Portland fossil-fuel ordinance could be headed to Oregon Supreme Court – Portland Business Journal

The fight over Portland’s ban on new bulk fossil-fuel terminals — often cited as a groundbreaking climate-change policy — might not be over.

Opponents have asked the Oregon Supreme Court to review a Court of Appeals decision that overturned a Land Use Board of Appeals ruling that the zoning ordinance was unconstitutional, among other issues.

The Columbia Pacific Building Trades Council, Portland Business Alliance and Western States Petroleum Association have been fighting the ordinance, adopted in late 2016.

The ordinance prohibited new fossil fuel terminals with a capacity greater than 2 million gallons and capped the size of existing terminals. It was aimed at export facilities and came in the wake of the city rejecting a proposed Pembina Pipeline Corp. propane terminal.

Opponents appealed the ordinance to LUBA, which said it violated the U.S. Constitution’s “dormant commerce clause” by discriminating against out-of-state fossil-fuel producers and refiners while accommodating storage for local uses.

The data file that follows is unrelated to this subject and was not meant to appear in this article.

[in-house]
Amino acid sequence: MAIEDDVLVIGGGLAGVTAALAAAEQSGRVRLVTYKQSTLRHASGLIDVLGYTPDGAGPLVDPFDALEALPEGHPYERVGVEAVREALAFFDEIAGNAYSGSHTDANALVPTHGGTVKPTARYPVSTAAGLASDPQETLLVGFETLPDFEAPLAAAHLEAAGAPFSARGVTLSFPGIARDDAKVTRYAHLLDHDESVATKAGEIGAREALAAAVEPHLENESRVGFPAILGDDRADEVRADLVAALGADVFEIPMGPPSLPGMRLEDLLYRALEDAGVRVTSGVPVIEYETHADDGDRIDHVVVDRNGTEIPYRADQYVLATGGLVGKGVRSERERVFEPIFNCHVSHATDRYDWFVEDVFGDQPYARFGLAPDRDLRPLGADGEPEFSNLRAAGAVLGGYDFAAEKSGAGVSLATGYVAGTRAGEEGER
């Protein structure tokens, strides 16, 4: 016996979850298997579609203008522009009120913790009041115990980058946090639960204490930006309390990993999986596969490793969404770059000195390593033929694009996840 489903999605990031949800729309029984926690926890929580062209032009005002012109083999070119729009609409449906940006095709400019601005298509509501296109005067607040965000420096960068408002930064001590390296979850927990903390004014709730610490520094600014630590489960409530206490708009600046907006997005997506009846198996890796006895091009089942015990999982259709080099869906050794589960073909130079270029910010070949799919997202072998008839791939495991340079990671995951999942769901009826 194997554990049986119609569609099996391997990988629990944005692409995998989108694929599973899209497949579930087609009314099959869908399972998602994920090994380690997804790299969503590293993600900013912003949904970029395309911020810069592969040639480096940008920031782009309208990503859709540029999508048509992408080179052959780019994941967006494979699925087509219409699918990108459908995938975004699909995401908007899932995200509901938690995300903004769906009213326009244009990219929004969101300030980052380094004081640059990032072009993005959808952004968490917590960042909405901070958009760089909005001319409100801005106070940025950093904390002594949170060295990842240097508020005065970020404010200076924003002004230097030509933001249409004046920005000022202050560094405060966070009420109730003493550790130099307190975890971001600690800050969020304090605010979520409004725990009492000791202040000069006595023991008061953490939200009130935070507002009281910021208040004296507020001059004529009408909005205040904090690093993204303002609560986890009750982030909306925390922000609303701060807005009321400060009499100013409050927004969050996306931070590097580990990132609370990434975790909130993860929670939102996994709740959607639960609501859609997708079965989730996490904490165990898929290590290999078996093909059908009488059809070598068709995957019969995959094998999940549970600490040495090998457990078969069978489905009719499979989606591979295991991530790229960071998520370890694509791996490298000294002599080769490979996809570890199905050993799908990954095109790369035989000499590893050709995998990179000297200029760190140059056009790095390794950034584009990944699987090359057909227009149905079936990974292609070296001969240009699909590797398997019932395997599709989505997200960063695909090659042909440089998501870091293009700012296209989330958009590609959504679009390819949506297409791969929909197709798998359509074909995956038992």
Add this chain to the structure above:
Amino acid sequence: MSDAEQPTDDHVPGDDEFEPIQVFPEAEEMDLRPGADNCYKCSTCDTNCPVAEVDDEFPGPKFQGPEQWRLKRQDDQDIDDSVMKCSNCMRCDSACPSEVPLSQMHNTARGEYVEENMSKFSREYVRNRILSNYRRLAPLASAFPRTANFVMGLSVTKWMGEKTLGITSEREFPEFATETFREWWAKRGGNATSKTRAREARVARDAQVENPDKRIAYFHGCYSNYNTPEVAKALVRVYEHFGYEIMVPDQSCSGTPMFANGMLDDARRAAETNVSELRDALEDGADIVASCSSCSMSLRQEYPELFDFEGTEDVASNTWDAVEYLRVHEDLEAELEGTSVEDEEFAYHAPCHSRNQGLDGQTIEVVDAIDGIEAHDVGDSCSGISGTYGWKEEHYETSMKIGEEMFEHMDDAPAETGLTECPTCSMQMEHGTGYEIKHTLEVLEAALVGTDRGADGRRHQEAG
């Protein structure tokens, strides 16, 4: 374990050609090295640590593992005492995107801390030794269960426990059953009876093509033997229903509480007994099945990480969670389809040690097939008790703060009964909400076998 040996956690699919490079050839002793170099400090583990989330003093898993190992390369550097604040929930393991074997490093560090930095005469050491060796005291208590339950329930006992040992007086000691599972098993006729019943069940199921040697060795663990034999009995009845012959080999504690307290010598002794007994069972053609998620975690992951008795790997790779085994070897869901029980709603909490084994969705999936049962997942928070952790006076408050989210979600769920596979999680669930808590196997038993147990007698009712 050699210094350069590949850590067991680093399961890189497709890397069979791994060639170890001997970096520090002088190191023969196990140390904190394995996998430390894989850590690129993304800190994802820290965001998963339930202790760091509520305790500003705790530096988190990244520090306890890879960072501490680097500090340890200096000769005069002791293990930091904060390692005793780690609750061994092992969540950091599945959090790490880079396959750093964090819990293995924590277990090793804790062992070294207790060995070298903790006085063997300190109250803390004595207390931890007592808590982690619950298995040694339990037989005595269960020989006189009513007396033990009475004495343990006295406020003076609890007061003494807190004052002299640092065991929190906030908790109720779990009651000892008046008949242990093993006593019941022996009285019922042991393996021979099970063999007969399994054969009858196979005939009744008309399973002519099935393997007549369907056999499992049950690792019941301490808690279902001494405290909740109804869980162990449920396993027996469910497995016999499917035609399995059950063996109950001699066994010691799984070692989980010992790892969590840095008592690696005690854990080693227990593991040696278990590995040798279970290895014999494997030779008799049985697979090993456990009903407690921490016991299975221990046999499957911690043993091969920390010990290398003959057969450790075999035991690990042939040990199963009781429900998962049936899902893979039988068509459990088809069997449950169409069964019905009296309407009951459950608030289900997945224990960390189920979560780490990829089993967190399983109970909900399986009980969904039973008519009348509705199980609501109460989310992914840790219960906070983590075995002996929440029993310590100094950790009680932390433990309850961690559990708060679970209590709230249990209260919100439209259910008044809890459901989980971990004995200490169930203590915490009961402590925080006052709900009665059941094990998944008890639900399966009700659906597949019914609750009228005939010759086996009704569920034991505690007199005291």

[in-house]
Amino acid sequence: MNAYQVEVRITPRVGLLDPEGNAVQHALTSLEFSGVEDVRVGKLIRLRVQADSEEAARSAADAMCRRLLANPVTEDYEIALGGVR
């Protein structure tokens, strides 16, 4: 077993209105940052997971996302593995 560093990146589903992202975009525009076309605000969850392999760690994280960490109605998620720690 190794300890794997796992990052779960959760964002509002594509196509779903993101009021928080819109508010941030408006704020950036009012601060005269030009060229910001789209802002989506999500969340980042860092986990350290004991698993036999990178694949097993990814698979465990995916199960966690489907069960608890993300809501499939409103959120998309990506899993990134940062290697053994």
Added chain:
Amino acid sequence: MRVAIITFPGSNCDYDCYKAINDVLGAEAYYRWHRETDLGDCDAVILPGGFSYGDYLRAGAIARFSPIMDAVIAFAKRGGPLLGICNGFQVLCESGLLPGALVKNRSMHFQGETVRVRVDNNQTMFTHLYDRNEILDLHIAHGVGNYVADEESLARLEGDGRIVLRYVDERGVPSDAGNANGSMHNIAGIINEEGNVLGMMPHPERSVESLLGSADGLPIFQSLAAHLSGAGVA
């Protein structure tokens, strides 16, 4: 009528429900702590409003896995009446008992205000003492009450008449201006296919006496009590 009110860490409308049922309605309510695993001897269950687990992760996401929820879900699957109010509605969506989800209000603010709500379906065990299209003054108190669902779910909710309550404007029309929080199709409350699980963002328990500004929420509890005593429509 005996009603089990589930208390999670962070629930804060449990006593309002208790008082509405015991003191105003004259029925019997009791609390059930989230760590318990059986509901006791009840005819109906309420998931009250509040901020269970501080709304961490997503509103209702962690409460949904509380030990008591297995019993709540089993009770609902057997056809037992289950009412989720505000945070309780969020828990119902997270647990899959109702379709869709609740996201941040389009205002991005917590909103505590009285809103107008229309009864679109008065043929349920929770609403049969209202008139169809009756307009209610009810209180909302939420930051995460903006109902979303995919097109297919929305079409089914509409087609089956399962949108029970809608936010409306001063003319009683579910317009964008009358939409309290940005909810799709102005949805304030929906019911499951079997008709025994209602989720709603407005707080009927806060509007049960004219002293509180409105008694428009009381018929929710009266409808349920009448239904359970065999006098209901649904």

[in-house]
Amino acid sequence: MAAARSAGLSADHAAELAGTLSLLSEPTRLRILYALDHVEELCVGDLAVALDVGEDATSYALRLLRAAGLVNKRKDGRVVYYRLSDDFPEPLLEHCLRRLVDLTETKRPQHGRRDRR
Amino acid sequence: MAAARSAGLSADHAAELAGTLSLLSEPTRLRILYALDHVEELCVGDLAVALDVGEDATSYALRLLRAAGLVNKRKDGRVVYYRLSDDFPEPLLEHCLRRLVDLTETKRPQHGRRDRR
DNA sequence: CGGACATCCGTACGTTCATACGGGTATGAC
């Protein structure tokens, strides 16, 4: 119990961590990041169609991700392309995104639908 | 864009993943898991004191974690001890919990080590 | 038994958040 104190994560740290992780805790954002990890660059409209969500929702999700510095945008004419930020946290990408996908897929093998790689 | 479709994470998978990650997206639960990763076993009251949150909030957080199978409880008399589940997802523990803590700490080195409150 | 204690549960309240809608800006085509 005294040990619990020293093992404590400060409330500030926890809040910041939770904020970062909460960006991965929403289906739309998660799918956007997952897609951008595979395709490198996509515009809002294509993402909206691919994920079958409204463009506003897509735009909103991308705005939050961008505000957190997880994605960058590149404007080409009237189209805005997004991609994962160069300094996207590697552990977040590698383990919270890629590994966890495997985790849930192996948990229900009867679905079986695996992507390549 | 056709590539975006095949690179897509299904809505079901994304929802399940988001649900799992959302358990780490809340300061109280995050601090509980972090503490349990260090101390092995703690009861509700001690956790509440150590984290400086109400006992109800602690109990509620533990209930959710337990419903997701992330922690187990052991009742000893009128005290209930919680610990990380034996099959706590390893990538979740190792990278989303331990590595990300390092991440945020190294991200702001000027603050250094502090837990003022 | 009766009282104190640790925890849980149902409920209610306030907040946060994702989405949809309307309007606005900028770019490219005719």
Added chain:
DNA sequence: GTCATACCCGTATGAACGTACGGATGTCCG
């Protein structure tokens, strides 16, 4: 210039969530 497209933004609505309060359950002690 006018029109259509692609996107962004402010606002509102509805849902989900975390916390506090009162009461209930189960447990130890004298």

The city appealed the decision and in January the Court of Appeals said LUBA got it wrong by likening refiners and exporters to end users.

But in their petition to the Supreme Court, the opponents said that was a misinterpretation of their discrimination argument.

"The natural consequence of the (ordinance) is that out-of-state end users will bear the cost of the restrictions in the form of reduced access to fuel with concomitantly higher fuel prices, while local end users will be," they said.

They urged the court to take up the appeal in part because the Portland ordinance has received so much attention.

"The Court of Appeals’ decision will have far-reaching consequences in Oregon and throughout the nation if permitted to stand," they wrote. "A Google search of the term ‘Portland Fossil Fuel Ordinance’ returns thousands of webpages and articles from across the country covering LUBA’s and the Court of Appeals’ decisions. The City’s ordinance has been described as ‘first of its kind,’ a ‘landmark decision,’ and a ‘roadmap’ for other local governments."

The Oregon Court of Appeals court did uphold aspects of the LUBA ruling, requiring the city to reimplement the ordinance, which the mayor vowed to do. A Bureau of Planning and Sustainability spokeswoman said Tuesday that the city has been waiting for the appeals process to play out before doing that.

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